Field testing of the COVID-19 tests developed by scientists from the University of the Philippines is expected to end on April 1, according to the Department of Science and Technology (DOST), which funded the research.
DOST Secretary Fortunato dela Peña said today in a Facebook post that the Food and Drug Administration (FDA) is expected to issue a certificate of product registration on the locally made kits on April 3. The kits were approved by the government earlier this month, but weren’t yet ready for commercial use because they still had to be validated in compliance with FDA rules.
Dela Peña said that the kits’ manufacturer, Manila HealthTek Inc., is ready to produce up to 120,000 units once the FDA has approved their release.
The DOST chief said that some 26,000 tests will be distributed to several major hospitals, including designated COVID-19 facility Philippine General Hospital, as well as the Makati Medical Center and Baguio General Hospital. The remaining 94,000 kits will be sold commercially by Manila HealthTek at around PHP1,300 (US$25) per kit, or at roughly one-sixth the cost of units currently being used in hospitals.
The manufacturers have “enough orders from the private sector who intend to donate them in turn to the Department of Health and hospitals,” Dela Peña said.
In a separate announcement, the FDA said that it has approved five rapid test kits, which were reportedly “registered and used in countries with advanced technology and wide experience with COVID-19,” such as China and Singapore.
FDA Director General Eric Domingo said the rapid test kits will help clear the country’s testing backlog, but noted that PCR-based test kits — used in laboratories to extract genetic material from throat and nose swabs to compare it with the COVID-19 virus — are still more reliable.
The Department of Health (DOH) says PCR-based tests are still the “current gold standard for diagnosing COVID-19.”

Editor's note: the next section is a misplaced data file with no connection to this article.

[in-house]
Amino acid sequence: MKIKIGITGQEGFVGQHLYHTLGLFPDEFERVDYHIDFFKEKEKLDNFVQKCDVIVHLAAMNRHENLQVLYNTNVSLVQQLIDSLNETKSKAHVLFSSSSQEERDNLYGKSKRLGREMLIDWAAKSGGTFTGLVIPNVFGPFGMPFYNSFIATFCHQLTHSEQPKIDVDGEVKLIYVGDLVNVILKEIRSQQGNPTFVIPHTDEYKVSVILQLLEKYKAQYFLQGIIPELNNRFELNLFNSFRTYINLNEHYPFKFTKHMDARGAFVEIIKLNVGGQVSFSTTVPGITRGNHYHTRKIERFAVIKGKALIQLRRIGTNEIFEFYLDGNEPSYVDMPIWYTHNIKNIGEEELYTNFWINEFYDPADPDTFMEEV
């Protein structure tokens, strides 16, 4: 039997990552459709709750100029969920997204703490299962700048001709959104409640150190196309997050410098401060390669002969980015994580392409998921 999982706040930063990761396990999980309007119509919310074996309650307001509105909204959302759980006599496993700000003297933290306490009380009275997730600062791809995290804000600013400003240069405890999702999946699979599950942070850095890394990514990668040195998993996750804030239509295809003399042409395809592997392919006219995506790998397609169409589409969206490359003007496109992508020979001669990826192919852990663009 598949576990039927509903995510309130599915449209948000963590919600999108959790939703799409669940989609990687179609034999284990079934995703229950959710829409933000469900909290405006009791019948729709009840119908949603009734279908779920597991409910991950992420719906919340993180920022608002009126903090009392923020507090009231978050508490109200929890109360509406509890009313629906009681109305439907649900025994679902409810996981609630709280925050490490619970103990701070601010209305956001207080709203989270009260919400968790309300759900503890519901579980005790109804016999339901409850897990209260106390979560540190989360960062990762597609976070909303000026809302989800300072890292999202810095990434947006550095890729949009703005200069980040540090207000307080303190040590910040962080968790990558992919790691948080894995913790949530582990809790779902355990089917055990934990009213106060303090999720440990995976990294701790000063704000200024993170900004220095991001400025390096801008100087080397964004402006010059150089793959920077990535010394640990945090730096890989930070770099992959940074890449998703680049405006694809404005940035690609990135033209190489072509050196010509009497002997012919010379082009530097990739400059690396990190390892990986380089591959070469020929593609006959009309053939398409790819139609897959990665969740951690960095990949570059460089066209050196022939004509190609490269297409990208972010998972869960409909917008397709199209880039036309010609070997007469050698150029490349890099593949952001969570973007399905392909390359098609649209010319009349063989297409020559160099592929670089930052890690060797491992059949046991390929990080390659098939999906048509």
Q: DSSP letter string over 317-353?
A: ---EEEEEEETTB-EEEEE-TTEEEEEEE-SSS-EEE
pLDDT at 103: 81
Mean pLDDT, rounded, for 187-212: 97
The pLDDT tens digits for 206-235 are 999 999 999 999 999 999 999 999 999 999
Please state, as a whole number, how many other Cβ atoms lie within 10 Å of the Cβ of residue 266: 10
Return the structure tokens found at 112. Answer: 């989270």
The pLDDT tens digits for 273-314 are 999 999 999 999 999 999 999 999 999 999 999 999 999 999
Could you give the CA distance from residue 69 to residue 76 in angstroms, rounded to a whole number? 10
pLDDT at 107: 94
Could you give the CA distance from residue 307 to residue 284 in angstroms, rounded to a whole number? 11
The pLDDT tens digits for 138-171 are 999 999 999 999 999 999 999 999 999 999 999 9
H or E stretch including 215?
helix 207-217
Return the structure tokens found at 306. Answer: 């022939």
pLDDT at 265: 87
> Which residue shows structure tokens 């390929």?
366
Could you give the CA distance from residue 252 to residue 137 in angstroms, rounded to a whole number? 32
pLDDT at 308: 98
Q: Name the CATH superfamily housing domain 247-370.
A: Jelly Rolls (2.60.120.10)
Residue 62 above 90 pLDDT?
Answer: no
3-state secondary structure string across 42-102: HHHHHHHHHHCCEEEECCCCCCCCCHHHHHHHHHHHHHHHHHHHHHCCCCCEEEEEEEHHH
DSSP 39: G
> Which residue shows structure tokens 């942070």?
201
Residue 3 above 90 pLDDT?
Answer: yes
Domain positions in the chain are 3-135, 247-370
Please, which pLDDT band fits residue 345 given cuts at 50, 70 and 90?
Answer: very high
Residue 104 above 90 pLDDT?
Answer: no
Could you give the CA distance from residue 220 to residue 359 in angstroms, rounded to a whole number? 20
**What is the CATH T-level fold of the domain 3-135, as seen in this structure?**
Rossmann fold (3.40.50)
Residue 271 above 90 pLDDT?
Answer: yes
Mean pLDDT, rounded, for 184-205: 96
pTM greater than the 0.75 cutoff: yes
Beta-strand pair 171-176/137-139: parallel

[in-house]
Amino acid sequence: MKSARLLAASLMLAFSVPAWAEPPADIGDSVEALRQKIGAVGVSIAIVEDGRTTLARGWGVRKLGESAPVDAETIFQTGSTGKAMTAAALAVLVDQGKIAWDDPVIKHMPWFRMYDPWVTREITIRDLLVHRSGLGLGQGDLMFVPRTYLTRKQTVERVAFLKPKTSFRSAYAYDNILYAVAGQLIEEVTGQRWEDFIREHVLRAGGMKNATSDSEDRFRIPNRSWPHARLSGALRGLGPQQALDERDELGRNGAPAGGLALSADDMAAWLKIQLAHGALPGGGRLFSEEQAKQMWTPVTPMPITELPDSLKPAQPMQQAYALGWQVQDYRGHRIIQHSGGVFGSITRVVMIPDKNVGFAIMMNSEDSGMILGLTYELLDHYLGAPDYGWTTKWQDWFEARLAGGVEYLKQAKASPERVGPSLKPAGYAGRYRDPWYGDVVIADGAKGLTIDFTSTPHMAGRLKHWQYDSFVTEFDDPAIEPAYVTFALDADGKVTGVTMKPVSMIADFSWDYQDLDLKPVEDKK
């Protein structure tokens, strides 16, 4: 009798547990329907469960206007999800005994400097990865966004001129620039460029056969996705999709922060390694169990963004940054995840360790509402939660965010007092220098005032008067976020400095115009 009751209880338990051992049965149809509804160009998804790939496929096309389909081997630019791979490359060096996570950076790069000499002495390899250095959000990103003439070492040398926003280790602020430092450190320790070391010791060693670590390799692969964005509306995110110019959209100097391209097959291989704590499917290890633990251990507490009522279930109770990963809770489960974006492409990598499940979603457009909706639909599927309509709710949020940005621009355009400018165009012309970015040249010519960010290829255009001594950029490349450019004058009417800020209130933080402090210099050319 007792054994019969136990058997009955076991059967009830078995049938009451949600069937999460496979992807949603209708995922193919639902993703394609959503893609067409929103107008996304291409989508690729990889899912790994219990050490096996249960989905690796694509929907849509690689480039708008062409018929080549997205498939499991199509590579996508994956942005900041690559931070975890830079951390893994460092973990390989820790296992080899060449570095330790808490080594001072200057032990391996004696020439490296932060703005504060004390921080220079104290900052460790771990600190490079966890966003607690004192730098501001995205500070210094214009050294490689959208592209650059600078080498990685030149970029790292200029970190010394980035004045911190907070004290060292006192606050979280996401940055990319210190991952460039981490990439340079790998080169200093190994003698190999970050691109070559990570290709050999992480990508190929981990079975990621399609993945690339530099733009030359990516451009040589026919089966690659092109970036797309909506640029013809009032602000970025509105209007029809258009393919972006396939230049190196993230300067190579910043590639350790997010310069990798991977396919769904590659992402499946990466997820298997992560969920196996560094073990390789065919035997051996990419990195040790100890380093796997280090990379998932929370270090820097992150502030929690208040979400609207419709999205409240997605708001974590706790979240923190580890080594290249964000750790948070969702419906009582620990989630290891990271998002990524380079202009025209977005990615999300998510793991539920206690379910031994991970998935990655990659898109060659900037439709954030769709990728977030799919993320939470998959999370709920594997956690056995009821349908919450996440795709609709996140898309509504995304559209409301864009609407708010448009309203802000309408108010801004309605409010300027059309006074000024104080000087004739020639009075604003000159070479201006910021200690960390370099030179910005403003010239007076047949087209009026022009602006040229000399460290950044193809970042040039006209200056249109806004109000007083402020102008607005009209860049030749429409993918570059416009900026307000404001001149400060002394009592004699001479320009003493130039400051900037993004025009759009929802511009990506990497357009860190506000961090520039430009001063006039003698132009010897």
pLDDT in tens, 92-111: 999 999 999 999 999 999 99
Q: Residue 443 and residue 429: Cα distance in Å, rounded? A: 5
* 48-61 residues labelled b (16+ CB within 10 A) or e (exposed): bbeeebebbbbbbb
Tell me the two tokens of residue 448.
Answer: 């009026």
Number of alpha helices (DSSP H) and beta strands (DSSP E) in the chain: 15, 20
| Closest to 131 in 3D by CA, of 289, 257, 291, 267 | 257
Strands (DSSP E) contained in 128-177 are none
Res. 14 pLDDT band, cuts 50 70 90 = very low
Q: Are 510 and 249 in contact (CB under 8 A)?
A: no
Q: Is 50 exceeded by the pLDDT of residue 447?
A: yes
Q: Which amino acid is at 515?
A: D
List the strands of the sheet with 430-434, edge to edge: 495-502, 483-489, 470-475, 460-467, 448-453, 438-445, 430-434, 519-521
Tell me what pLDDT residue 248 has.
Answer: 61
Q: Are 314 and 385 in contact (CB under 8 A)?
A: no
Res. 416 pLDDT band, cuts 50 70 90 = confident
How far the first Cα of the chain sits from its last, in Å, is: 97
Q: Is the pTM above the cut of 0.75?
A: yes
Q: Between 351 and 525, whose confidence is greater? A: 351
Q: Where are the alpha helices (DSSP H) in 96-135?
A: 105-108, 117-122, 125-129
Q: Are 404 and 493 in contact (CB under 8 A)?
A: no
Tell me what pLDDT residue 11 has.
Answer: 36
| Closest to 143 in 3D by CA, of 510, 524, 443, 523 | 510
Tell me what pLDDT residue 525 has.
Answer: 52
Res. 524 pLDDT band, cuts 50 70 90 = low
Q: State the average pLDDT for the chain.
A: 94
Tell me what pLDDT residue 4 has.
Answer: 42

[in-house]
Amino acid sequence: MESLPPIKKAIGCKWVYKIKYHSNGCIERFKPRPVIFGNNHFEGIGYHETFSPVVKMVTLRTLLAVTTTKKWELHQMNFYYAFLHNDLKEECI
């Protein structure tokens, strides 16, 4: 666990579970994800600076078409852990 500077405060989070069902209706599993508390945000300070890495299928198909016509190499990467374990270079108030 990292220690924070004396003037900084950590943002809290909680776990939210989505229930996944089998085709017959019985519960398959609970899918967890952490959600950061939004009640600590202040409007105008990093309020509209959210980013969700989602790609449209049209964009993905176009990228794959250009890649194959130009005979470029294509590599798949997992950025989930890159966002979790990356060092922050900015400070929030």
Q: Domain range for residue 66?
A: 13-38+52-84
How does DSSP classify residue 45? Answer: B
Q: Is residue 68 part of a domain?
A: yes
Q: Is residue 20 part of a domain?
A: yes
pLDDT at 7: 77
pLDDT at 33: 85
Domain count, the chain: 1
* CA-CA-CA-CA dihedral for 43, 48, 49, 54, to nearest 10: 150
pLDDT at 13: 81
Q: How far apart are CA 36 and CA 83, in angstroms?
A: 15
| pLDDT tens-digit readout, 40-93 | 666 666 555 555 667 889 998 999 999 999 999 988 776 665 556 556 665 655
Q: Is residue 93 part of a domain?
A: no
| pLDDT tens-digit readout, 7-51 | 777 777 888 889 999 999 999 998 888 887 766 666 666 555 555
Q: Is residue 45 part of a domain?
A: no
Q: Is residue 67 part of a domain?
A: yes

Over the weekend, the DOH announced that four other labs will now be able to conduct full-scale COVID-19 testing, including the San Lazaro Hospital in Manila, Vicente Sotto Memorial Medical Center in Cebu City, Southern Philippines Medical Center in Davao City, and Baguio General Hospital in Baguio City.
Prior to this, the country’s sole testing laboratory for COVID-19 was the Research Institute of Tropical Medicine (RITM) in Muntinlupa City, and the sub-national labs had to send their tests to RITM for validation.
According to Health Undersecretary Maria Rosario Vergeire, this is why the four labs had only been able to process up to 160 tests per day, while RITM can process up to 1,000 tests per day.
Vergeire added that the four hospitals have now been fully certified, which “means they no longer have to send their positive cases to the RITM for validation because they’re now certified to do individual testing. They can now release results for those positive for coronavirus.”
Vergeire said that the Lung Center of the Philippines is likewise expected to receive full certification to test for COVID-19 by March 30, while 30 other private and public laboratories across the country are undergoing different stages of certification. Of the 30, seven facilities are in the “advanced stages” of being certified.
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